There’s currently a talent crisis in the television industry. As I’ve previously described in this blog, media careers have a ‘shelf-life’ with more experienced talent tending to move on and up elsewhere. This has long been the case, but what’s new is that since 2015 there has been a massive increase in demand for content. It’s sometimes called ‘the Netflix effect’. Suddenly the shortage of experienced skilled workers has been exposed as never before.
In the research we publish this week, Christa van Raalte and I have examined in depth the way in which a problem of attrition within the television industry came to be framed as a problem of recruitment. We explore how and why this came about, despite the implausibility of the idea that getting more young people to come and work in the film and television industries (however vast their numbers) could compensate for the attrition of experienced workers – an idea that has taken root and informed industry policy. Our aim is to help refocus the discussion on the reasons why people are leaving the industry, and the practical measures that need to be taken to nurture careers beyond entry-level. We also highlight the dangers inherent in policy research where there is a gravitational pull for evidence-based policy to be overridden by policy-based evidence.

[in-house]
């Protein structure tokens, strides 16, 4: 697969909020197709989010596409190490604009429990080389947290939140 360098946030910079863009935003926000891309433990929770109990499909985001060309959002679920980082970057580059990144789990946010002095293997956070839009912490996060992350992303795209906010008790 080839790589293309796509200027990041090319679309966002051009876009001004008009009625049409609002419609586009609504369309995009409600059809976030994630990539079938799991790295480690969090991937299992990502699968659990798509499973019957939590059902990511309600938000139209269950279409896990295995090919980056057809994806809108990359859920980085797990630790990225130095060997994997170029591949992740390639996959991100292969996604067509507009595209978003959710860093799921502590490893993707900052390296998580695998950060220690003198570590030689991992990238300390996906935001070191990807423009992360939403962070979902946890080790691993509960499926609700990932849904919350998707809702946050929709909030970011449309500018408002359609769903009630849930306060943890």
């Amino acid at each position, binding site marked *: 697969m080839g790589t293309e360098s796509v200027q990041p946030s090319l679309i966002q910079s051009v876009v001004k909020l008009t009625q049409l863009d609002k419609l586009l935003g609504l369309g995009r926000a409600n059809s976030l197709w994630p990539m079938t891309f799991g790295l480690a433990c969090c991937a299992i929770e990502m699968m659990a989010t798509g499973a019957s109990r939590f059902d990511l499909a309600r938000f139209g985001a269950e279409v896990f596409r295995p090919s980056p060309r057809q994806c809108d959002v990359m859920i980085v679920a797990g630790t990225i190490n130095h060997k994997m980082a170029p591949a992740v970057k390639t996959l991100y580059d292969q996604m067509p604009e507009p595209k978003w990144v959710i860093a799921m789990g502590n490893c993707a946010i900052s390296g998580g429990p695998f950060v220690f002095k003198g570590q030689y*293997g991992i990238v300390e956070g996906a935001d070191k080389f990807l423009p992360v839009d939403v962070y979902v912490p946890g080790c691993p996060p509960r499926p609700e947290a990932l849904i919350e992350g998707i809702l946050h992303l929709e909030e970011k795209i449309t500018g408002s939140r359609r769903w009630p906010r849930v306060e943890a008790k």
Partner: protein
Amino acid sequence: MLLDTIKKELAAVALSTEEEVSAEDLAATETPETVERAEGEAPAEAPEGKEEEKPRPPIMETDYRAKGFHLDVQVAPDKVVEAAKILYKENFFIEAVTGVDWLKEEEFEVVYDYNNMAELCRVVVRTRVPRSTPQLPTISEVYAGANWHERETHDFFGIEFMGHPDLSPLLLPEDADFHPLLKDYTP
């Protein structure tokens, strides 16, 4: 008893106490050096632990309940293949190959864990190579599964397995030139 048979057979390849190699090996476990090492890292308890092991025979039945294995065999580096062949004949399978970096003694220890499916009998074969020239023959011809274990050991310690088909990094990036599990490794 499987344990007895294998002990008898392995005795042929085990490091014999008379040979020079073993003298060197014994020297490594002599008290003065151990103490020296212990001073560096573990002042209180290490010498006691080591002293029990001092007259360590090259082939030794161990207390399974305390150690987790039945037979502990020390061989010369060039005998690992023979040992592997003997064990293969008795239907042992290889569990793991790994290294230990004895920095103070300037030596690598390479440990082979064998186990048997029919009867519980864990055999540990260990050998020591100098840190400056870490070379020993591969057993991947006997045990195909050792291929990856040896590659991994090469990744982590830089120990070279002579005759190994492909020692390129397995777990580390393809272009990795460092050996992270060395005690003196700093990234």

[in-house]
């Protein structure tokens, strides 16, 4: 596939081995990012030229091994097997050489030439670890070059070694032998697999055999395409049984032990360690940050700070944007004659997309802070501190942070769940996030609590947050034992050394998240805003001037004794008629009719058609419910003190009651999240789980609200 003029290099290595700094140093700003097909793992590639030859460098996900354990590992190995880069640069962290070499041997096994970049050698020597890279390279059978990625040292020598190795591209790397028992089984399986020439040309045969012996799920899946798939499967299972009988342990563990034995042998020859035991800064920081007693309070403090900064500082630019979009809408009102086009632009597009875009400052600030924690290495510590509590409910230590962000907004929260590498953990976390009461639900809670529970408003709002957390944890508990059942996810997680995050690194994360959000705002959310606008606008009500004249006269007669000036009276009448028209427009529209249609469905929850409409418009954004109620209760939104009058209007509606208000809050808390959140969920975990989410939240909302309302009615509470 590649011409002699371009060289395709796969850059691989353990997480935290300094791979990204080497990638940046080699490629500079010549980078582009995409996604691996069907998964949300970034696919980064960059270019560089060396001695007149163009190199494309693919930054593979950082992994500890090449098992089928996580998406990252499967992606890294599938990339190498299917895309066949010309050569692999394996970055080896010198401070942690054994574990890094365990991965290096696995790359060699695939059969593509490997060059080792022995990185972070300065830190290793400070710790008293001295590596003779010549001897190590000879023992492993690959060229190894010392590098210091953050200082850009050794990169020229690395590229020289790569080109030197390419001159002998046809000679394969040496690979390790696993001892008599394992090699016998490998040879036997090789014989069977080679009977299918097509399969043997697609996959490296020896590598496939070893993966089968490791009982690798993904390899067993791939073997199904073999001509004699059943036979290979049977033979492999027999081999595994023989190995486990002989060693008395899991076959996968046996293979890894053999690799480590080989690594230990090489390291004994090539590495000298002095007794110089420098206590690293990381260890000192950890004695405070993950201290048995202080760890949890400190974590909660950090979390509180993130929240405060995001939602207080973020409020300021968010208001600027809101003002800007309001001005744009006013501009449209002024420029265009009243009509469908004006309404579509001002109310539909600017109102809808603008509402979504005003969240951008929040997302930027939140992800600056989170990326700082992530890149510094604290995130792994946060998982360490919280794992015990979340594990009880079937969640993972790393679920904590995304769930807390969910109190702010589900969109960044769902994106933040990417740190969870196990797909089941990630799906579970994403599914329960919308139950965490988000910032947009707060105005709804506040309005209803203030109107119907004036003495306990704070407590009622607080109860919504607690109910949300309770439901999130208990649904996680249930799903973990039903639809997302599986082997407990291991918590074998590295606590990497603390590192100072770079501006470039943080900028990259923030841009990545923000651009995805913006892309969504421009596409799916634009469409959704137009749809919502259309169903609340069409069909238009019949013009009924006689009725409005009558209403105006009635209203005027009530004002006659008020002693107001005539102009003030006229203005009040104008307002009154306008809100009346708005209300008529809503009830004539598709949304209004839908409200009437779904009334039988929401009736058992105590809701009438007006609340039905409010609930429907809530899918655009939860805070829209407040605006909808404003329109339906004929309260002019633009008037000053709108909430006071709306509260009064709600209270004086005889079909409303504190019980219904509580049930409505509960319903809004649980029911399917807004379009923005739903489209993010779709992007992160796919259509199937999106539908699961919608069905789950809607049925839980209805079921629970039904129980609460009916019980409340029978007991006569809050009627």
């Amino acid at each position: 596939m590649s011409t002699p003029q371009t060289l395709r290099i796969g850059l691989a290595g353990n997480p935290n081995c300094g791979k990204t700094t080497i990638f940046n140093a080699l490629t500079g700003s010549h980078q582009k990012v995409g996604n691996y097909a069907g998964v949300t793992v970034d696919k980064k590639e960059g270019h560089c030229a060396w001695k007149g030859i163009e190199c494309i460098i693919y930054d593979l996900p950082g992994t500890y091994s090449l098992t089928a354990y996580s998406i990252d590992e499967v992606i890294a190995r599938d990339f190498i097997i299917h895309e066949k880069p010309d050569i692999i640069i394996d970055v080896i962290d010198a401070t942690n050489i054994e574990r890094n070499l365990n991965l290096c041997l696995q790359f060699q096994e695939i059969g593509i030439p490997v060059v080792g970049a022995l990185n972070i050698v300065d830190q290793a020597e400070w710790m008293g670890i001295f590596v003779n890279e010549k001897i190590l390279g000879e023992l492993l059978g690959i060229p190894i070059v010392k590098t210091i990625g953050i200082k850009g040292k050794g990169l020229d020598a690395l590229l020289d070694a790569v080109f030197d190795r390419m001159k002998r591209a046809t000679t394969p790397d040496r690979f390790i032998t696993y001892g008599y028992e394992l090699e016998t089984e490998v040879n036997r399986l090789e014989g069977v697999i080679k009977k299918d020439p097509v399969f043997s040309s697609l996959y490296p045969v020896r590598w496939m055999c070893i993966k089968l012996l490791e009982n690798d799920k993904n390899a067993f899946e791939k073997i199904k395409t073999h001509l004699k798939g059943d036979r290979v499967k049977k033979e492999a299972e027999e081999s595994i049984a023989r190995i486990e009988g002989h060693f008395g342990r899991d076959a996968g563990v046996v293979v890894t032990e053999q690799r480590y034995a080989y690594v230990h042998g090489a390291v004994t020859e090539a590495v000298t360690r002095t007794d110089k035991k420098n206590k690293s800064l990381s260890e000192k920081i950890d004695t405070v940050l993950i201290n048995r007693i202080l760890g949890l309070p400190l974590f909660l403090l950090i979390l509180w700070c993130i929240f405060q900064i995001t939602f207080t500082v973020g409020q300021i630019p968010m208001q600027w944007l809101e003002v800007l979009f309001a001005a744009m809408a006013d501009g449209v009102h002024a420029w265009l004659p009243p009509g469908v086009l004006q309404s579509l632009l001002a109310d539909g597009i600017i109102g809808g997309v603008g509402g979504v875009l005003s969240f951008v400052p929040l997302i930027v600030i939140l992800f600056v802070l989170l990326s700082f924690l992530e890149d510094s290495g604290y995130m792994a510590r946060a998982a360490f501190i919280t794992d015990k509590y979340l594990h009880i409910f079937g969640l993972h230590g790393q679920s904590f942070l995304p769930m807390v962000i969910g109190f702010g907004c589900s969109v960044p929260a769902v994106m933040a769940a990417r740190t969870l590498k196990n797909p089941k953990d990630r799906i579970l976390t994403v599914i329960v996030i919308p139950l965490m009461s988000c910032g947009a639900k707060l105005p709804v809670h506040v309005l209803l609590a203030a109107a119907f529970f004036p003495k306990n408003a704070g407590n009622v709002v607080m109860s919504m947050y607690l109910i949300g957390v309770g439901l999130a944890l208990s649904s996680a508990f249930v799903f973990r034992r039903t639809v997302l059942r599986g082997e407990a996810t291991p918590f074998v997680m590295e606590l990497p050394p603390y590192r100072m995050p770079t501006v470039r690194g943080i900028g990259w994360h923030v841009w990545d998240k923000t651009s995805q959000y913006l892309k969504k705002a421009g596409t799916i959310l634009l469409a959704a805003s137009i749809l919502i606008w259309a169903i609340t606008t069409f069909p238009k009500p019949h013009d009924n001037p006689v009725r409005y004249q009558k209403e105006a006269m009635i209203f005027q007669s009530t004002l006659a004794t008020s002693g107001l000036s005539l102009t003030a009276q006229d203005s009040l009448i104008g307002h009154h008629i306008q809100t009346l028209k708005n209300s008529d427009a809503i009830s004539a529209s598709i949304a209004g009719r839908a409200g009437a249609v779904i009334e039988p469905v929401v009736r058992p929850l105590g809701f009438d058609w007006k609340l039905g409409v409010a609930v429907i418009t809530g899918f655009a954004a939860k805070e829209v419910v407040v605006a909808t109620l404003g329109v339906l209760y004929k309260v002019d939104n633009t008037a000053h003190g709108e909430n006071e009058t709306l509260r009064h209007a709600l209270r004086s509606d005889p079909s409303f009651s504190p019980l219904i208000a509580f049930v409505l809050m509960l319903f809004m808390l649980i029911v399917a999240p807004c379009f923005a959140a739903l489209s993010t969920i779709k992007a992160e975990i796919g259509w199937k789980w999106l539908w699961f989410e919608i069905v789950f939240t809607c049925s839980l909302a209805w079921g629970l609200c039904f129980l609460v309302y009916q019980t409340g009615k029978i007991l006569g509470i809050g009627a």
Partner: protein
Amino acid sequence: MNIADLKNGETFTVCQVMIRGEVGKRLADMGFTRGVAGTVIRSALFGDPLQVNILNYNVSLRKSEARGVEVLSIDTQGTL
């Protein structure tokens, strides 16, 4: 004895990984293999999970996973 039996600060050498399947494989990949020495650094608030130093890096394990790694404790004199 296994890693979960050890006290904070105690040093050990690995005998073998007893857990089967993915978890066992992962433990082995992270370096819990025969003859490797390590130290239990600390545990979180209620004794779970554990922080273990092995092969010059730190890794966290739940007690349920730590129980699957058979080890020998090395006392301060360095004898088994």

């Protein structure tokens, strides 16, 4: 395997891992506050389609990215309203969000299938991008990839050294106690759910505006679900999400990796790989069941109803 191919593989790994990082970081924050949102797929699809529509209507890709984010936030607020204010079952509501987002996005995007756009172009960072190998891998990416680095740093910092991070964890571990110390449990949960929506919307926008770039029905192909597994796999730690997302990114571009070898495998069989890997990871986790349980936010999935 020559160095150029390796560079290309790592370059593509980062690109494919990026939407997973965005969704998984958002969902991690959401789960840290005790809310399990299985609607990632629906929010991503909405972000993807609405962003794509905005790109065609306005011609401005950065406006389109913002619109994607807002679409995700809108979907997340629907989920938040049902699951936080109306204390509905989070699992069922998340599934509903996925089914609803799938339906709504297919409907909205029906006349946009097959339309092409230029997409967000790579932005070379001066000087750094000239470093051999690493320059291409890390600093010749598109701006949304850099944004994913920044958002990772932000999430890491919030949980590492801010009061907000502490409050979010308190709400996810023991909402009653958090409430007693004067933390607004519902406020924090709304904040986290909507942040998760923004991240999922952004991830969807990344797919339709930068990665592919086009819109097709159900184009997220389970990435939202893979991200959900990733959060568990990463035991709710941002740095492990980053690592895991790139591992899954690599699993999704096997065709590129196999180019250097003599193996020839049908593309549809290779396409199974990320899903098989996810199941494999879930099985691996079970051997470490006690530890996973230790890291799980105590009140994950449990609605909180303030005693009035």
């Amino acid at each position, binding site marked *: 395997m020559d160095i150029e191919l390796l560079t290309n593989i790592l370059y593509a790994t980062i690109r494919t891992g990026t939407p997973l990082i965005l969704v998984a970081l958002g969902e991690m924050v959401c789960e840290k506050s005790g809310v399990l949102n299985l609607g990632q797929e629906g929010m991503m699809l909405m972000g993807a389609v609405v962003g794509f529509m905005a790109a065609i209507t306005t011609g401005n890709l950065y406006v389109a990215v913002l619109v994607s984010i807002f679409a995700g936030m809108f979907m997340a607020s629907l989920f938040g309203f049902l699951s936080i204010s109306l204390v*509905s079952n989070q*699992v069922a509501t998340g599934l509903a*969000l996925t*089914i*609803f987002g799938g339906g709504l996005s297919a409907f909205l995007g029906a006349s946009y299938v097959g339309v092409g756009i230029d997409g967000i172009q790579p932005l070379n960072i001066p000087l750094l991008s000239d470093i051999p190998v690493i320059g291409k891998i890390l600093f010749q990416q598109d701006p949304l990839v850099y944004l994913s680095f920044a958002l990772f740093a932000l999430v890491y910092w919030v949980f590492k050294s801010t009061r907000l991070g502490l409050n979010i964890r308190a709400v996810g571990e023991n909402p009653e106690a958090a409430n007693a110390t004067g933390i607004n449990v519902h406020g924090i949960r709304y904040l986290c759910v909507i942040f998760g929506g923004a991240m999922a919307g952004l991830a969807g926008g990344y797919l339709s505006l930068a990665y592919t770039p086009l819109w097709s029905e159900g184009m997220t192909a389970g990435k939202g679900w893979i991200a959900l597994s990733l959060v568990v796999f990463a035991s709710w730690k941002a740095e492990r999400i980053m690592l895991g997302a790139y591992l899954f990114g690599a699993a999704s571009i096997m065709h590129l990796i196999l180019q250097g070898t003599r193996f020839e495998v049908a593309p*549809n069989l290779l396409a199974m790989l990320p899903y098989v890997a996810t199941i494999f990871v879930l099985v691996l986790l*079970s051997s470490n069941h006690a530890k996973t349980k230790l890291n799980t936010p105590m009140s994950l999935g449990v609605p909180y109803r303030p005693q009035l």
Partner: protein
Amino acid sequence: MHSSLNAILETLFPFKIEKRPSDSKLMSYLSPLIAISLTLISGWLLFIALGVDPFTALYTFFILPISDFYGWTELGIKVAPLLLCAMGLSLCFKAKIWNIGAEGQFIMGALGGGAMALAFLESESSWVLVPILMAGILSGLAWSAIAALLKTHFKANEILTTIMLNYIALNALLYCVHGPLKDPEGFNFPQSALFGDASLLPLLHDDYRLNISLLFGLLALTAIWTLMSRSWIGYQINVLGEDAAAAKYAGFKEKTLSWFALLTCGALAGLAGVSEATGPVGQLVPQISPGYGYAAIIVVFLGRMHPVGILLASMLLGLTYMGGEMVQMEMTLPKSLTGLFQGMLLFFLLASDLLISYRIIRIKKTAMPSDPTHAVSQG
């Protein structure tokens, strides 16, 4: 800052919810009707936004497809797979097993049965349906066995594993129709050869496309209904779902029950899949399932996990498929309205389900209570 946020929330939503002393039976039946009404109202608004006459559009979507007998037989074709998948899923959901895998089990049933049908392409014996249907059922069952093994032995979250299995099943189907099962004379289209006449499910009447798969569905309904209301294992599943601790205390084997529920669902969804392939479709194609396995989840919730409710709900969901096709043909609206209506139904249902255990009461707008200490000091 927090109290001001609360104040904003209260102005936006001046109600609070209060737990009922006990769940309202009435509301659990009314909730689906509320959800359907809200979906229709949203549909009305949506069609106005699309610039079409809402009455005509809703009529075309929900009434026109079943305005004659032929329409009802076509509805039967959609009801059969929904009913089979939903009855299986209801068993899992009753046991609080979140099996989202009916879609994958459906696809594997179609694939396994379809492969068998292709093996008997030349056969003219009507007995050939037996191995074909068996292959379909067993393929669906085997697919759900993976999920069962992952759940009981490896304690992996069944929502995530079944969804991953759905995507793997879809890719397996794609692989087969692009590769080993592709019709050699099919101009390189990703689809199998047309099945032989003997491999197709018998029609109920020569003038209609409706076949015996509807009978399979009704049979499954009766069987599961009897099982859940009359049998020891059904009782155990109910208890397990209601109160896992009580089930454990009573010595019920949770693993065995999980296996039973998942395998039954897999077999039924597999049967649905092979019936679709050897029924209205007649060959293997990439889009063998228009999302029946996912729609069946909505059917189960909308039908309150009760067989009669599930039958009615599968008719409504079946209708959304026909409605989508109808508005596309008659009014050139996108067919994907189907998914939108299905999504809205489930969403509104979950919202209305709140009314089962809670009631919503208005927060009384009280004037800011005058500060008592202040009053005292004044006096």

Video abstract: Britain’s Got Talent? A Critique of the “Talent Pipeline” Crisis in the UK’s Film and Television Industries.